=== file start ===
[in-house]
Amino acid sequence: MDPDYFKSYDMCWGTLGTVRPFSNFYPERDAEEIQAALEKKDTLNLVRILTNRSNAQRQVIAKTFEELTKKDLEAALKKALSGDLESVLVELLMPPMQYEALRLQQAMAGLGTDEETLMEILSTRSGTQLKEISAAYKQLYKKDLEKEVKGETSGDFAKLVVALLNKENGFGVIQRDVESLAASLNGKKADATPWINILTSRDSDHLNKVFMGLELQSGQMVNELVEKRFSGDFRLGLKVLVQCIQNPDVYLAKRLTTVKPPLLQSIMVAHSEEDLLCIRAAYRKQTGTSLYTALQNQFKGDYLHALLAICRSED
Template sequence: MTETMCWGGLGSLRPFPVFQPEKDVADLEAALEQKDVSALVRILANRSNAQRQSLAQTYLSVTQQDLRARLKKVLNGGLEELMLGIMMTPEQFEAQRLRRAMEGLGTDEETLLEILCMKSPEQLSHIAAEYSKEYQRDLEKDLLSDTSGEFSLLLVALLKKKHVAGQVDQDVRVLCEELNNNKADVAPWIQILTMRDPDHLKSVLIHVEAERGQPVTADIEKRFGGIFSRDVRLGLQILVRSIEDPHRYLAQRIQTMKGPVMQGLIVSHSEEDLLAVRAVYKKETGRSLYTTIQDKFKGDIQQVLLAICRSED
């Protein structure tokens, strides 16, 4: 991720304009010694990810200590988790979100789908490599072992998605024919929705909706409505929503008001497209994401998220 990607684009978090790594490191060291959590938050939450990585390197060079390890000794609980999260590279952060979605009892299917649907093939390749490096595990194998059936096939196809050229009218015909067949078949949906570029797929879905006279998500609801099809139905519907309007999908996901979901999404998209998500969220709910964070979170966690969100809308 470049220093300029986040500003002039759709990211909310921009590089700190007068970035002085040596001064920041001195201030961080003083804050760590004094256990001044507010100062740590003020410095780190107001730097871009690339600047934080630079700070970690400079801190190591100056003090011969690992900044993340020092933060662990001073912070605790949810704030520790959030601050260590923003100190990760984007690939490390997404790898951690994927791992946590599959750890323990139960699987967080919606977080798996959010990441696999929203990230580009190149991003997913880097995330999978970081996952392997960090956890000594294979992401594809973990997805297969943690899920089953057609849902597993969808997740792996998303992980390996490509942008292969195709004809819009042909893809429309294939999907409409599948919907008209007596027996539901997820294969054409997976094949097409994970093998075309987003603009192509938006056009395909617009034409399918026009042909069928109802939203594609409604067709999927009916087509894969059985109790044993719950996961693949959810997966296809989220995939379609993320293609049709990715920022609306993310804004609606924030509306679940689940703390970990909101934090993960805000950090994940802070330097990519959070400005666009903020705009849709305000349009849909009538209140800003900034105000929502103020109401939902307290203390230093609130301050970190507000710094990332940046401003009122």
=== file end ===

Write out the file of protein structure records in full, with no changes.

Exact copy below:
[in-house]
Amino acid sequence: MDPDYFKSYDMCWGTLGTVRPFSNFYPERDAEEIQAALEKKDTLNLVRILTNRSNAQRQVIAKTFEELTKKDLEAALKKALSGDLESVLVELLMPPMQYEALRLQQAMAGLGTDEETLMEILSTRSGTQLKEISAAYKQLYKKDLEKEVKGETSGDFAKLVVALLNKENGFGVIQRDVESLAASLNGKKADATPWINILTSRDSDHLNKVFMGLELQSGQMVNELVEKRFSGDFRLGLKVLVQCIQNPDVYLAKRLTTVKPPLLQSIMVAHSEEDLLCIRAAYRKQTGTSLYTALQNQFKGDYLHALLAICRSED
Template sequence: MTETMCWGGLGSLRPFPVFQPEKDVADLEAALEQKDVSALVRILANRSNAQRQSLAQTYLSVTQQDLRARLKKVLNGGLEELMLGIMMTPEQFEAQRLRRAMEGLGTDEETLLEILCMKSPEQLSHIAAEYSKEYQRDLEKDLLSDTSGEFSLLLVALLKKKHVAGQVDQDVRVLCEELNNNKADVAPWIQILTMRDPDHLKSVLIHVEAERGQPVTADIEKRFGGIFSRDVRLGLQILVRSIEDPHRYLAQRIQTMKGPVMQGLIVSHSEEDLLAVRAVYKKETGRSLYTTIQDKFKGDIQQVLLAICRSED
């Protein structure tokens, strides 16, 4: 991720304009010694990810200590988790979100789908490599072992998605024919929705909706409505929503008001497209994401998220 990607684009978090790594490191060291959590938050939450990585390197060079390890000794609980999260590279952060979605009892299917649907093939390749490096595990194998059936096939196809050229009218015909067949078949949906570029797929879905006279998500609801099809139905519907309007999908996901979901999404998209998500969220709910964070979170966690969100809308 470049220093300029986040500003002039759709990211909310921009590089700190007068970035002085040596001064920041001195201030961080003083804050760590004094256990001044507010100062740590003020410095780190107001730097871009690339600047934080630079700070970690400079801190190591100056003090011969690992900044993340020092933060662990001073912070605790949810704030520790959030601050260590923003100190990760984007690939490390997404790898951690994927791992946590599959750890323990139960699987967080919606977080798996959010990441696999929203990230580009190149991003997913880097995330999978970081996952392997960090956890000594294979992401594809973990997805297969943690899920089953057609849902597993969808997740792996998303992980390996490509942008292969195709004809819009042909893809429309294939999907409409599948919907008209007596027996539901997820294969054409997976094949097409994970093998075309987003603009192509938006056009395909617009034409399918026009042909069928109802939203594609409604067709999927009916087509894969059985109790044993719950996961693949959810997966296809989220995939379609993320293609049709990715920022609306993310804004609606924030509306679940689940703390970990909101934090993960805000950090994940802070330097990519959070400005666009903020705009849709305000349009849909009538209140800003900034105000929502103020109401939902307290203390230093609130301050970190507000710094990332940046401003009122």